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Sarcoidosis has an active inflammatory phase and an inactive fibrotic phase. 18F-fluorodeoxyglucose positron emission tomography (FDG-PET) and gallium (67Ga) scintigraphy are known to be useful for detecting its active phase1 but not its inactive phase. Delayed enhancement with gadolinium during cardiac MRI is a useful modality for detecting cardiac sarcoidosis2 and can reveal inactive fibrotic lesions.3 In this case, a 66-year-old woman had gradually decreased her ejection fraction (<50%) with regional dyskinesia on echocardiography after her initial heart failure. Cardiac sarcoidosis had been suspected, but ACE assays were negative at follow-up visits. Her admission was for another episode of heart failure. ACE, FDG-PET and 67Ga scintigraphy results were negative. On cardiac MRI, however, she had characteristic findings of cardiac sarcoidosis, including transmural-delayed anteroseptal enhancement, midwall-delayed inferoseptal enhancement and subepicardial-delayed anterior and lateral wall enhancement (figure 1), with septal dyskinesia. Bilateral lymphadenopathy, purified protein derivative skin test and superficial cervical lymphadenopathy confirmed the presence of cardiac sarcoidosis. For differential diagnoses, dilated cardiomyopathy is not commonly associated with delayed subepicardial and lateral wall enhancement. Myocardial infarction and myocarditis are less likely. Subendocardial sparing is not seen in myocardial infarction, and the affected areas do not correspond with coronary territories. There were no inflammatory findings such as fever or elevated C reactive protein. Earlier cardiac MRI might have led to earlier treatment and prevention of disease progression. We conclude that once cardiac sarcoidosis is suspected, cardiac MRI should be considered, as it has a sensitivity of nearly 100%.2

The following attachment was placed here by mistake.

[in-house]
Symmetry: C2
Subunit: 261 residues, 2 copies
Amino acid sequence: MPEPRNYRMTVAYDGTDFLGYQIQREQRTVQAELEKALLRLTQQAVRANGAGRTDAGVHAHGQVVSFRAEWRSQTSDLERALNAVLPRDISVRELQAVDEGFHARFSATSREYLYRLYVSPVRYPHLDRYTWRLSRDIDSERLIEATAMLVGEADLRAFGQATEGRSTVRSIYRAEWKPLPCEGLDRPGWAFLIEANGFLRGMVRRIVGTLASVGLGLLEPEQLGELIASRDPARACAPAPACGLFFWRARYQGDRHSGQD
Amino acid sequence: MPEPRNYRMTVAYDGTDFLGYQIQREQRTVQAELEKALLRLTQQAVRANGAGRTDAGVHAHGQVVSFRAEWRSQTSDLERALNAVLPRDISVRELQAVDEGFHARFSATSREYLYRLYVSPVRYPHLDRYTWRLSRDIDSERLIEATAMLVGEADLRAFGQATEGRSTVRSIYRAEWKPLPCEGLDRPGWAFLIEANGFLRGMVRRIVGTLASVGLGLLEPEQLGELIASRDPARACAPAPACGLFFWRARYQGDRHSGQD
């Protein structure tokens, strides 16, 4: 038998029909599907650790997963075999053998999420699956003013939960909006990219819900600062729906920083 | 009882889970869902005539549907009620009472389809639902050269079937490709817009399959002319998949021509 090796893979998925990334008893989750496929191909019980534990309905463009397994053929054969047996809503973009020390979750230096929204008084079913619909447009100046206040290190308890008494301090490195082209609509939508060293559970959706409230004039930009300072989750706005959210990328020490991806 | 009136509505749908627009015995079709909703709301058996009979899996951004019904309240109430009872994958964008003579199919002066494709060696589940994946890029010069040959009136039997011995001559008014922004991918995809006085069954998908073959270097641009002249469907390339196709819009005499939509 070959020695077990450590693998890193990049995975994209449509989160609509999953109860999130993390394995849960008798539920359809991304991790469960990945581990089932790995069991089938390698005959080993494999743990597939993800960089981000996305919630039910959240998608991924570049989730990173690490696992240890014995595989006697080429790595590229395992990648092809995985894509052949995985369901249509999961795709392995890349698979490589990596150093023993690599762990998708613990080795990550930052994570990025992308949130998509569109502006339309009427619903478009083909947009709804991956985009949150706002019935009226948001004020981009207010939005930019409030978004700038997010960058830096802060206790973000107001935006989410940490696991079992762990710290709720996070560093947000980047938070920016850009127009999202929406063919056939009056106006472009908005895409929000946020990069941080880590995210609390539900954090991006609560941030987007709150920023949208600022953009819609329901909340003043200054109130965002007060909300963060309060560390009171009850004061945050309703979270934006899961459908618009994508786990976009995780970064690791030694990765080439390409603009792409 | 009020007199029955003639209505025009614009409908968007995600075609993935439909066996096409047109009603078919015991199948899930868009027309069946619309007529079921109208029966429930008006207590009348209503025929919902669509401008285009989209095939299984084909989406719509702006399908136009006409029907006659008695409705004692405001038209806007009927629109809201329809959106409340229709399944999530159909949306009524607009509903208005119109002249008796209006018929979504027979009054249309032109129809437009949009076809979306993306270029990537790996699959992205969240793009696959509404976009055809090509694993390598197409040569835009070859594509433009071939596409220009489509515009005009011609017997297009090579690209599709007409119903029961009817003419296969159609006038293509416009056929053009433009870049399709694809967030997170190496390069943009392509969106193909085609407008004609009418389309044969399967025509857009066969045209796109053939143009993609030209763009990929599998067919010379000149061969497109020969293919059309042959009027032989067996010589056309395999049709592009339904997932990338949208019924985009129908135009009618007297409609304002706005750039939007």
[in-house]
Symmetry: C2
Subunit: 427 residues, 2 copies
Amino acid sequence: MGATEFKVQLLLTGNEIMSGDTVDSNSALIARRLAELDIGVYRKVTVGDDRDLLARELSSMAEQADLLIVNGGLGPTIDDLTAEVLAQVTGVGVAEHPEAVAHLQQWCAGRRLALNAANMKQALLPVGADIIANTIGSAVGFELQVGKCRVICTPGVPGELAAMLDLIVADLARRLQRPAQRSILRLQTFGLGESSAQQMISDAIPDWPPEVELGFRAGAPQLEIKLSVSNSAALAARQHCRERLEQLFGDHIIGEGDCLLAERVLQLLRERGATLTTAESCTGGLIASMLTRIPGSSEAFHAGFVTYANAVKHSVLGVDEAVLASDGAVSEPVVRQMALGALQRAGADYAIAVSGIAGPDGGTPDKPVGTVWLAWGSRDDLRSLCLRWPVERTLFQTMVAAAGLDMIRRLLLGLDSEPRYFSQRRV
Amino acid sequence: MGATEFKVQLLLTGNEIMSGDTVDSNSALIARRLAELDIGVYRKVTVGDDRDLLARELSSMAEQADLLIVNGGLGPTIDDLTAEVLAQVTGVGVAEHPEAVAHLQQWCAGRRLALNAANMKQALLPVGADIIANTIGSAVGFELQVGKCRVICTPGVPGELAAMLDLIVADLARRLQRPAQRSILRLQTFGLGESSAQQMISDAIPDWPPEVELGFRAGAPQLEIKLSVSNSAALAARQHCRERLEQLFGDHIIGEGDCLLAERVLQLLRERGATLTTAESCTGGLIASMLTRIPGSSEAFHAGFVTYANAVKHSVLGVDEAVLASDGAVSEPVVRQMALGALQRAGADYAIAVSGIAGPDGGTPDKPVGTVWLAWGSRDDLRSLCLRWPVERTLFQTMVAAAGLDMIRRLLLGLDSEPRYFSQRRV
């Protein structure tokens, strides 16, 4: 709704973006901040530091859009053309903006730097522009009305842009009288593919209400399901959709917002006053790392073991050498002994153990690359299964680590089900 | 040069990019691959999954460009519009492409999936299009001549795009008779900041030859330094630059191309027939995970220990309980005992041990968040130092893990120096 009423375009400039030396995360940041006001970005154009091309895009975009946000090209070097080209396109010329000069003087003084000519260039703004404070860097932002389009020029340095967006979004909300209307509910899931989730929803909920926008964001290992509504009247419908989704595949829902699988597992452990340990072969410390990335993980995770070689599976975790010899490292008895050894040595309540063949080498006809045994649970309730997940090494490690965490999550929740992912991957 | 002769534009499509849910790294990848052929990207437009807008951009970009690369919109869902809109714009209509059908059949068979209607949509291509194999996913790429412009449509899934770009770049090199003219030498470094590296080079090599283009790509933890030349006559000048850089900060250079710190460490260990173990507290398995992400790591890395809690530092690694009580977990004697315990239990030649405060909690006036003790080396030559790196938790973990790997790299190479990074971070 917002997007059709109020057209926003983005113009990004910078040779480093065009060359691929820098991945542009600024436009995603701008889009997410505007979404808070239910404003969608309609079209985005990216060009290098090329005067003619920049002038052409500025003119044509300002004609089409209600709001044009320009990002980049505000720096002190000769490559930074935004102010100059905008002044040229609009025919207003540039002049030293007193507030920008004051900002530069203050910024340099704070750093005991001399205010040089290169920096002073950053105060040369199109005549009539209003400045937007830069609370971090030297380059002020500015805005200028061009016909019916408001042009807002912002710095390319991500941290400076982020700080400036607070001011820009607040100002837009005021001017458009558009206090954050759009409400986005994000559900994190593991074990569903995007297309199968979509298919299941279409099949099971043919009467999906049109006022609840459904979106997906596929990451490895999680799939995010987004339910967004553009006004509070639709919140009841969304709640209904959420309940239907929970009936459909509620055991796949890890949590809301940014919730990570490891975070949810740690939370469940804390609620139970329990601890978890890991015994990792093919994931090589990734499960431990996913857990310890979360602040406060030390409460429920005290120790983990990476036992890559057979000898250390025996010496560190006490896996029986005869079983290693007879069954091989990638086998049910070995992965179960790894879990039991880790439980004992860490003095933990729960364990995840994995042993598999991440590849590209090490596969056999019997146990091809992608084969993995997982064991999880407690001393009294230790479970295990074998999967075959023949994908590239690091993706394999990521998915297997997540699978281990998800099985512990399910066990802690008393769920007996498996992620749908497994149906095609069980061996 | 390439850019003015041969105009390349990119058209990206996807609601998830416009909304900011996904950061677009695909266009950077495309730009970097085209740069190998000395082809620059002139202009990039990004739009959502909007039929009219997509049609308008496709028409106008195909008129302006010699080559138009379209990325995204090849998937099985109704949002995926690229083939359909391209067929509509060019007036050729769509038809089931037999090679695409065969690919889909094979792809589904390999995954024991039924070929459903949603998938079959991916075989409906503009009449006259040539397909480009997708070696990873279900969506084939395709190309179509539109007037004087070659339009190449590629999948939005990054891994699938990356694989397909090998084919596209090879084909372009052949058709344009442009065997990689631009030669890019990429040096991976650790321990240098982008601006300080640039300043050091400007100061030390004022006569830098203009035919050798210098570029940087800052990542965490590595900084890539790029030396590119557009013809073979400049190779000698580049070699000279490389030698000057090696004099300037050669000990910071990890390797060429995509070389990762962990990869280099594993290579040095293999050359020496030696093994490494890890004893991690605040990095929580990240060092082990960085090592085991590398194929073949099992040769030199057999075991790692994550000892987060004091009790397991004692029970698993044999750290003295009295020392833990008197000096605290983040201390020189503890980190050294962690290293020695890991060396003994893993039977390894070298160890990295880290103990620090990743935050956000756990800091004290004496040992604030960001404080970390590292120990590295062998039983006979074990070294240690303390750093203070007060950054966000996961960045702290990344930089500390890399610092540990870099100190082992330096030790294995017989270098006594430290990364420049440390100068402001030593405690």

Cardiac MRI is a useful modality for detecting the inactive phase of cardiac sarcoidosis.
Patients with positive results require careful follow-up.
Negative results for common tests such as an ACE assay and gallium scintigraphy should not be allowed to rule out cardiac sarcoidosis.
We would like to thank Dr Nanae Sato, Dr Hiroki Suzuki, Dr Kazutoshi Sato and Dr Atsushi Kuno for their kind advice and encouragement in the preparation of this manuscript.
Contributors YSH wrote the manuscript, and SK, HO and JK critically reviewed it.
Competing interests None.
Patient consent Obtained.
Provenance and peer review Not commissioned; externally peer reviewed.